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Sex hormones and competitive bidding

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  • Burkhard Schipper

    (Department of Economics, University of California Davis)

Abstract

We correlate competitive bidding and profits in symmetric independent private value first-price auctions with salivary testosterone, estradiol, progesterone, and cortisol in more than 200 subjects. Bids are significantly positively correlated and profits are significantly negatively correlated with basal salivary progesterone but only for females who do not use hormonal contraceptives. Surprisingly, we have null findings for basal testosterone, estradiol, and cortisol for both males and females. We show that our finding for progesterone is not mediated by risk aversion or bidding mistakes. No hormone responds to total profits in the auctions except for a small positive response of the stress hormone cortisol in males.

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Bibliographic Info

Paper provided by University of California, Davis, Department of Economics in its series Working Papers with number 144.

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Length: 60
Date of creation: 27 Feb 2014
Date of revision:
Handle: RePEc:cda:wpaper:14-4

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Keywords: Hormones; Steroids; Testosterone; Estradiol; Progesterone; Cortisol; Contraceptives; Auctions; Gender; Competition; Aggression; Risk-taking; Endocrinological economics;

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References

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  1. Matthew Pearson & Burkhard C. Schipper, 2009. "Menstrual Cycle and Competitive Bidding," Working Papers 911, University of California, Davis, Department of Economics.
  2. Doug Miller & A. Colin Cameron & Jonah B. Gelbach, 2006. "Bootstrap-Based Improvements for Inference with Clustered Errors," Working Papers 621, University of California, Davis, Department of Economics.
  3. Catherine C. Eckel & Philip J. Grossman, 2008. "Sex and Risk: Experimental Evidence," Development Research Unit Working Paper Series archive-09, Monash University, Department of Economics.
  4. Chen, Yan & Katuščák, Peter & Ozdenoren, Emre, 2013. "Why canʼt a woman bid more like a man?," Games and Economic Behavior, Elsevier, vol. 77(1), pages 181-213.
  5. Marco Casari & John C. Ham & John H. Kagel, 2005. "Selection bias, demographic effects, and ability effects in common value auction experiments," Staff Reports 213, Federal Reserve Bank of New York.
  6. Chen, Yan & Katuscak, Peter & Ozdenoren, Emre, 2007. "Sealed bid auctions with ambiguity: Theory and experiments," Journal of Economic Theory, Elsevier, vol. 136(1), pages 513-535, September.
  7. Zak, Paul J. & Stanton, Angela A. & Ahmadi, Sheila, 2007. "Oxytocin Increases Generosity in Humans," MPRA Paper 5650, University Library of Munich, Germany.
  8. Santiago Sanchez-Pages & Enrique Turiegano, 2009. "Testosterone, Facial Symmetry and Cooperation in the Prisoners’ Dilemma," ESE Discussion Papers 192, Edinburgh School of Economics, University of Edinburgh.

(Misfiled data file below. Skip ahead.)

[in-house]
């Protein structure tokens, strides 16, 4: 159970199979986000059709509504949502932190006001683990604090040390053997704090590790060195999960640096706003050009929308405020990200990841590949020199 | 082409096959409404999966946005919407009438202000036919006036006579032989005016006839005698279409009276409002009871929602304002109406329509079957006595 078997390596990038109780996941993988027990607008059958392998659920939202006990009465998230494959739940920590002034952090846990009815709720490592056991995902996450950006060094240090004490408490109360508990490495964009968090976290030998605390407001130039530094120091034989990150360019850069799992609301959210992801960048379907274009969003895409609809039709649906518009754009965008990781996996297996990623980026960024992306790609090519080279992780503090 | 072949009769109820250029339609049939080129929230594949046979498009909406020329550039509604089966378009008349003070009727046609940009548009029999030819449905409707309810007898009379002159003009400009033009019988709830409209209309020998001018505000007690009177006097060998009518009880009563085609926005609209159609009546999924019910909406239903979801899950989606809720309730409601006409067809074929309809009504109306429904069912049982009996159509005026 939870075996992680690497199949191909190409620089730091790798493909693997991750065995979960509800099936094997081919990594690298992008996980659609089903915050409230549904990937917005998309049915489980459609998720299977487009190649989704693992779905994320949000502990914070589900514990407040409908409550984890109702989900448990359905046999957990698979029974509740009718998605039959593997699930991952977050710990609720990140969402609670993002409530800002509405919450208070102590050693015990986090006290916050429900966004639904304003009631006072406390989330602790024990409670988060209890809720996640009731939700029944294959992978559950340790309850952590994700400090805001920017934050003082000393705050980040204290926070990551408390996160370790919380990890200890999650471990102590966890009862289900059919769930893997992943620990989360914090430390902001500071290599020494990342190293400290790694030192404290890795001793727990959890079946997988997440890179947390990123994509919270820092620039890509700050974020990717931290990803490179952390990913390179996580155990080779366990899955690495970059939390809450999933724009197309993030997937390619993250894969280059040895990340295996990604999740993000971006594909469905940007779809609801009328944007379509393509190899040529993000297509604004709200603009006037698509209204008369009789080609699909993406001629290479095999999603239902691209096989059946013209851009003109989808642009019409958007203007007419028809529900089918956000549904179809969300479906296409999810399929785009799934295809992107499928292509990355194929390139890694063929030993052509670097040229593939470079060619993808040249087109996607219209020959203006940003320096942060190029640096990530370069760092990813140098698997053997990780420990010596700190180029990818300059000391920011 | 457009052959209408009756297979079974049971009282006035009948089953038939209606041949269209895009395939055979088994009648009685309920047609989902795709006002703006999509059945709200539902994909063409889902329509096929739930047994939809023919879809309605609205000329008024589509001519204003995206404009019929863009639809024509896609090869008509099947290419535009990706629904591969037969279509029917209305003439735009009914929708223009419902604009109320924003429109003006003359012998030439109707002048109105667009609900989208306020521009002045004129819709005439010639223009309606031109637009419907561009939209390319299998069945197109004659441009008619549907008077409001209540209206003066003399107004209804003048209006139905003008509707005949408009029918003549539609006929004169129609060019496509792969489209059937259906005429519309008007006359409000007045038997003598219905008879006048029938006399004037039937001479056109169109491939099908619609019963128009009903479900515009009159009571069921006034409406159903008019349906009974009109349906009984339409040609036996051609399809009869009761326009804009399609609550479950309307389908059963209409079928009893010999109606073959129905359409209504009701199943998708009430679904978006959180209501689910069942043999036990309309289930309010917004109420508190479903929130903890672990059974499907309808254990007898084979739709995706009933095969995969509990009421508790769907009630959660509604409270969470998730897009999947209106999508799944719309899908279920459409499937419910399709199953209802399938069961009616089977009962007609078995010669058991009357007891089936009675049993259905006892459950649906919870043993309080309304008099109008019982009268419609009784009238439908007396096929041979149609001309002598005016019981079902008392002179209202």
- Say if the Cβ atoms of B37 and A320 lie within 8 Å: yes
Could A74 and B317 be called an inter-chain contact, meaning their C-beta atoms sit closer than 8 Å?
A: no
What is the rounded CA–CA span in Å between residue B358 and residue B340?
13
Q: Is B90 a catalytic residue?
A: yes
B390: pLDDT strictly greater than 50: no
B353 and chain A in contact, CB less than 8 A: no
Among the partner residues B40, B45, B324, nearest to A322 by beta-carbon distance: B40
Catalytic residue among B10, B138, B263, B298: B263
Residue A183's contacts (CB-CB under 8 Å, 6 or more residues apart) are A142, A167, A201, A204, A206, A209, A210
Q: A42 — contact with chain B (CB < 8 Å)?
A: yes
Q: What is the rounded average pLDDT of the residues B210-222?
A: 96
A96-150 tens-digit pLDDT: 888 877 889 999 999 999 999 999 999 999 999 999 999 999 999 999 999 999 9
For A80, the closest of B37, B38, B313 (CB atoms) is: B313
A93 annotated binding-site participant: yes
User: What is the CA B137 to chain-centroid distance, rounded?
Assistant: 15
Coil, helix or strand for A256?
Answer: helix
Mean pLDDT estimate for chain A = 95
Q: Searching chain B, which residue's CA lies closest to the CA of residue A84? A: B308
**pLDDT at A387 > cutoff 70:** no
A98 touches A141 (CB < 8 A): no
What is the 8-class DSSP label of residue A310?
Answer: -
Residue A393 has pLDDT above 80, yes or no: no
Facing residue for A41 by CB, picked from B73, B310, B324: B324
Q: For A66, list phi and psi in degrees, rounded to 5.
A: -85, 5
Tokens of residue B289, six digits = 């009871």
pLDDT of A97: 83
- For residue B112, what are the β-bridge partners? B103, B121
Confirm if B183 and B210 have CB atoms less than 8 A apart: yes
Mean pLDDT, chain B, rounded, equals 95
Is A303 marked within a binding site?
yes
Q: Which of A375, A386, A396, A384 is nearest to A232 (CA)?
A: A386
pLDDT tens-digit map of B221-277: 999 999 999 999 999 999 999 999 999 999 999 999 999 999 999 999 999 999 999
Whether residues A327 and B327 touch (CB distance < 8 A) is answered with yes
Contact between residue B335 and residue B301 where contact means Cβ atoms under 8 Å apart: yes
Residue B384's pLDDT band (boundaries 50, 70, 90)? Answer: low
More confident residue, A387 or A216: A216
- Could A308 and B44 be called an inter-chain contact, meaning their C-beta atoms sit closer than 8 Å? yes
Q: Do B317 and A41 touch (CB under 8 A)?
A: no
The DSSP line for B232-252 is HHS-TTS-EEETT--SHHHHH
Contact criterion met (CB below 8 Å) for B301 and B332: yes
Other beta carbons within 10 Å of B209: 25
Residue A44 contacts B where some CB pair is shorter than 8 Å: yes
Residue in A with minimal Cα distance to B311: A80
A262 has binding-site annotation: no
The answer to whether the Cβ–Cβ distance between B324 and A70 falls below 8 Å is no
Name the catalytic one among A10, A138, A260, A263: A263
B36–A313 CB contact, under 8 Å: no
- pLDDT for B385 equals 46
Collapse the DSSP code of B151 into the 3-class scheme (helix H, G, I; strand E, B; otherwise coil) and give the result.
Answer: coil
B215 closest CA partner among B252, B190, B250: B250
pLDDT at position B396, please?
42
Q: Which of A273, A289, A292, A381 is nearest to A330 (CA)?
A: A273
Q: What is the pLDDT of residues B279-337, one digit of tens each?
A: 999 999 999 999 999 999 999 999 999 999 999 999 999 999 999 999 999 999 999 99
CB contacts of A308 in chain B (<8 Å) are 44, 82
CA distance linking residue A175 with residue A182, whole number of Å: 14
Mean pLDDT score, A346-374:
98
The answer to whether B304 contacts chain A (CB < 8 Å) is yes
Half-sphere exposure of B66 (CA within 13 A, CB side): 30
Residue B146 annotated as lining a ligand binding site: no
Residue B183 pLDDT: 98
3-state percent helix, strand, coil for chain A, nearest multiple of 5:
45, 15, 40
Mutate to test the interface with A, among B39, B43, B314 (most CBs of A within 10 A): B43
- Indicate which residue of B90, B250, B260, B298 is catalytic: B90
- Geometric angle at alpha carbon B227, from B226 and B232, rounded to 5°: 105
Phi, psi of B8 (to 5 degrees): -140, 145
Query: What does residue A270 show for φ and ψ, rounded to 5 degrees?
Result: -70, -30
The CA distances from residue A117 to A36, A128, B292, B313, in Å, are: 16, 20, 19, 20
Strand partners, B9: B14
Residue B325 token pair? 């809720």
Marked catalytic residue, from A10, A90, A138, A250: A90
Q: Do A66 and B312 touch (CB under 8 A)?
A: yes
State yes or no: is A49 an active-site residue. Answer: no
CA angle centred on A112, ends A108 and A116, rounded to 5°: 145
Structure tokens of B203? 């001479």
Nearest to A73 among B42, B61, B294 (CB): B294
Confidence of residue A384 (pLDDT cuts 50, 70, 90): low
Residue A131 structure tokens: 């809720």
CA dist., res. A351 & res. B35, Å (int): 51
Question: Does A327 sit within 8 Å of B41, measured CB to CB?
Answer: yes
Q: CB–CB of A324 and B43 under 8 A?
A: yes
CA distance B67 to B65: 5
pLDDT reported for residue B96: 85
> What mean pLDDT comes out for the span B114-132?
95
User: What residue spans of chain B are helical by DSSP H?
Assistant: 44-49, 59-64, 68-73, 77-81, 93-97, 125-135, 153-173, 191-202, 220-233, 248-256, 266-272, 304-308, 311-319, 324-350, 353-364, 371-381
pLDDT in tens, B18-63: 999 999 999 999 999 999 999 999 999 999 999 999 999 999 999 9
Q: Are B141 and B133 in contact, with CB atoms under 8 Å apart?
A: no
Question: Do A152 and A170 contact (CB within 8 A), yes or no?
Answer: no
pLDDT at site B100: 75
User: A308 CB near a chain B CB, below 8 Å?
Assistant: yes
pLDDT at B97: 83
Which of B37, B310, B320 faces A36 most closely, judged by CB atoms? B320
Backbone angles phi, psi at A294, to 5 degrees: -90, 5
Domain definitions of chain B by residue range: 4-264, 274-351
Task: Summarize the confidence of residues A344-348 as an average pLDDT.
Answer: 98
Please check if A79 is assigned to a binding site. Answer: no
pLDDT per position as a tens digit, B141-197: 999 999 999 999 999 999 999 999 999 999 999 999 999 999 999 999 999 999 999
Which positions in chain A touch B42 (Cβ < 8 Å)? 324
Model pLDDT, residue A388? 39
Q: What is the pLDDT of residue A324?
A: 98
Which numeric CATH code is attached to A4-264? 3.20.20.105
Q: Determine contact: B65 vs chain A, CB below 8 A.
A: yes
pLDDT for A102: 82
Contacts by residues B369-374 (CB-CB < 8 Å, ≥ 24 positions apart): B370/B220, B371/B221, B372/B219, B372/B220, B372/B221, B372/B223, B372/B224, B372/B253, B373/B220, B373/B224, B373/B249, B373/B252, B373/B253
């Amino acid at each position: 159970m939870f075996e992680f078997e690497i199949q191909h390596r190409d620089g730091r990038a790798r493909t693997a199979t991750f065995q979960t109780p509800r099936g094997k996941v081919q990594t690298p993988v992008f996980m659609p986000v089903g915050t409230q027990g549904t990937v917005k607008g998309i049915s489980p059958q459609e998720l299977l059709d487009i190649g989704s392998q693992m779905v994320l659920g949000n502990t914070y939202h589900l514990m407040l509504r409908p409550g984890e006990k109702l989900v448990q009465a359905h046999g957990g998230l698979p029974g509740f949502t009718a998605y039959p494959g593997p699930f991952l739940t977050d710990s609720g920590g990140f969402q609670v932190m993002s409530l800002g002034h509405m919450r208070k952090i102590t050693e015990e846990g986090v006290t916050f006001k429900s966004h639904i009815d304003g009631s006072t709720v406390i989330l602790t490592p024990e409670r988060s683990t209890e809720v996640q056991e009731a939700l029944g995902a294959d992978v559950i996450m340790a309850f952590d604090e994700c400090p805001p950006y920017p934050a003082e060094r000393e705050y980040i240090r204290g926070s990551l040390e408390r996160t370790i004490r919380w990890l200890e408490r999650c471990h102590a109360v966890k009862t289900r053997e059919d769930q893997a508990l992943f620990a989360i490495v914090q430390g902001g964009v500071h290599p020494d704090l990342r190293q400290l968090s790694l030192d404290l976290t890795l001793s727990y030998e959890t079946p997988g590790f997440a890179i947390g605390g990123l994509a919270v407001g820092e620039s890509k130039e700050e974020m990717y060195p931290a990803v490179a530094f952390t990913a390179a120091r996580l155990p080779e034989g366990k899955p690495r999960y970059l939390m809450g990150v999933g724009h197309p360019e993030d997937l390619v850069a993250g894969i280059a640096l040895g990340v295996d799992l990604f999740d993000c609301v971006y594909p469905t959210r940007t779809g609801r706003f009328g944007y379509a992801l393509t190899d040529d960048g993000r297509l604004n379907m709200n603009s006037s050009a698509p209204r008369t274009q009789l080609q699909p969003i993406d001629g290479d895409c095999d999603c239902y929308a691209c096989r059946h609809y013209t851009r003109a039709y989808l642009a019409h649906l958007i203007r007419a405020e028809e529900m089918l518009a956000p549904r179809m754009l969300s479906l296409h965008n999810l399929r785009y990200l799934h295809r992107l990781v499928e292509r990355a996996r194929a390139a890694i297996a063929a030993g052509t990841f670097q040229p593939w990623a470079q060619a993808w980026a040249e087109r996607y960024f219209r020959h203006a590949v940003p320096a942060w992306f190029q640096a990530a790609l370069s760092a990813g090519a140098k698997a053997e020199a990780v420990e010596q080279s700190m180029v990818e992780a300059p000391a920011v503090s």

9. Emel Filiz-Ozbay & Erkut Y. Ozbay, 2007. "Auctions with Anticipated Regret: Theory and Experiment," American Economic Review, American Economic Association, vol. 97(4), pages 1407-1418, September.
  10. Wozniak, David, 2009. "Choices About Competition: Differences by gender and hormonal fluctuations, and the role of relative performance feedback," MPRA Paper 21097, University Library of Munich, Germany.
  11. Buser, Thomas, 2012. "The impact of the menstrual cycle and hormonal contraceptives on competitiveness," Journal of Economic Behavior & Organization, Elsevier, vol. 83(1), pages 1-10.
  12. Muriel Niederle & Lise Vesterlund, 2005. "Do Women Shy Away From Competition? Do Men Compete Too Much?," NBER Working Papers 11474, National Bureau of Economic Research, Inc.
  13. Burkhard Schipper, 2012. "Sex Hormones and Choice under Risk," Working Papers 127, University of California, Davis, Department of Economics.
  14. Urs Fischbacher, 2007. "z-Tree: Zurich toolbox for ready-made economic experiments," Experimental Economics, Springer, vol. 10(2), pages 171-178, June.
  15. Eckel, Catherine C. & Grossman, Philip J., 2008. "Differences in the Economic Decisions of Men and Women: Experimental Evidence," Handbook of Experimental Economics Results, Elsevier.
  16. Greiner, Ben, 2004. "An Online Recruitment System for Economic Experiments," MPRA Paper 13513, University Library of Munich, Germany.
  17. David Wozniak & William T. Harbaugh & Ulrich Mayr, 2010. "The Menstrual Cycle and Performance Feedback Alter Gender Differences in Competitive Choices," University of Oregon Economics Department Working Papers 2010-2, University of Oregon Economics Department.
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Citations

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Cited by:
  1. Burkhard Schipper, 2014. "Sex hormones and choice under risk," Working Papers 147, University of California, Davis, Department of Economics.
  2. Pearson, Matthew & Schipper, Burkhard C, 2009. "Menstrual cycle and competitive bidding," MPRA Paper 16784, University Library of Munich, Germany.
  3. Yan Chen & Peter Katuscak & Emre Ozdenoren, 2005. "Why Can’t a Woman Bid More Like a Man?," CERGE-EI Working Papers wp275, The Center for Economic Research and Graduate Education - Economic Institute, Prague.
  4. Drichoutis, Andreas & Nayga, Rodolfo, 2012. "Do risk and time preferences have biological roots?," MPRA Paper 37320, University Library of Munich, Germany.
  5. Matthew Pearson & Burkhard Schipper, 2011. "The Visible Hand: Finger Ratio (2D:4D) and Competitive Bidding," Working Papers 119, University of California, Davis, Department of Economics.

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